Mark Zastrow

    In this image taken from the International Space Station, both diffuse and intense auroras are visible, produced by charged particles propelled into Earth’s atmosphere. Credit: NASA

    The most spectacular auroras are produced by electrons zipping from space into Earth’s atmosphere. Although Earth’s magnetic field repels most electrons before they reach any wisps of air, under special conditions they can penetrate into the atmosphere, striking air molecules and causing them to glow.

    But how exactly those electrons, which normally circulate in Earth’s magnetic field, are accelerated or pushed down into the atmosphere is not fully clear.

    It’s generally agreed that there are three main ways to generate this “auroral precipitation.” One is small pockets of strong electric field high above Earth—also known as quasi-static potential structures (QSPS)—which can whisk them down. Another is strong waves in Earth’s magnetic field in which field lines vibrate like a plucked string—called Alfvén waves—propelling the charged particles along. These two mechanisms produce the most intense bands, curtains, and sheets of auroras.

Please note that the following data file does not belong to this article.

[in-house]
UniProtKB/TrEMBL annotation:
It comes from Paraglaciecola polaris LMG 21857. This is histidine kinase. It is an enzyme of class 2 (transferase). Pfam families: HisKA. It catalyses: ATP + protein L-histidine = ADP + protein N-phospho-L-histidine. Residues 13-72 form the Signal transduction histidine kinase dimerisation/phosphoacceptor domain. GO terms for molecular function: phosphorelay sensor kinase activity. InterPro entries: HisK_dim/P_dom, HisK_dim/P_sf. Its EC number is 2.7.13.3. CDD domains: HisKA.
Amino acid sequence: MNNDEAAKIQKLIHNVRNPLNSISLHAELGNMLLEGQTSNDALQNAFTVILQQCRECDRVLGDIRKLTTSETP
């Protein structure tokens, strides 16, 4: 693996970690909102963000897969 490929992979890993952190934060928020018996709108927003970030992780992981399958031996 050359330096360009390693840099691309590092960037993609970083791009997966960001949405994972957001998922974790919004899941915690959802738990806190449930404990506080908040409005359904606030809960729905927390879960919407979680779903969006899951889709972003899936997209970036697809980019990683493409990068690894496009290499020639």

The other main cause is higher-frequency waves in Earth’s magnetic field that don’t increase electrons’ speed but scatter them, nudging the particles into trajectories that carry them down into the atmosphere. Wave scattering produces a less vivid, diffuse auroral glow but is commonly thought to be responsible for the bulk of the total auroral energy.

    But it’s difficult to decipher which of these three is happening at any given time. They can be identified only indirectly by analyzing spacecraft data measurements. Plus, these different mechanisms can occur simultaneously, which researchers have been unable to disentangle.

    Now, Dombeck et al. [JGR Space Physics] have developed a classification scheme that resolves many of these ambiguities and can detect multiple mechanisms. Their method used 13 years of data from NASA’s Fast Auroral Snapshot Explorer (FAST), a satellite launched into Earth orbit in 1996.

    NASA Fast Auroral Snapshot Explorer (FAST)

    Crucially, its instruments can observe electrons traveling both down toward Earth and up into space. In contrast, the previous, widely used scheme was based on data from satellites that could measure only downward traveling electrons and could identify only a single mechanism at a time.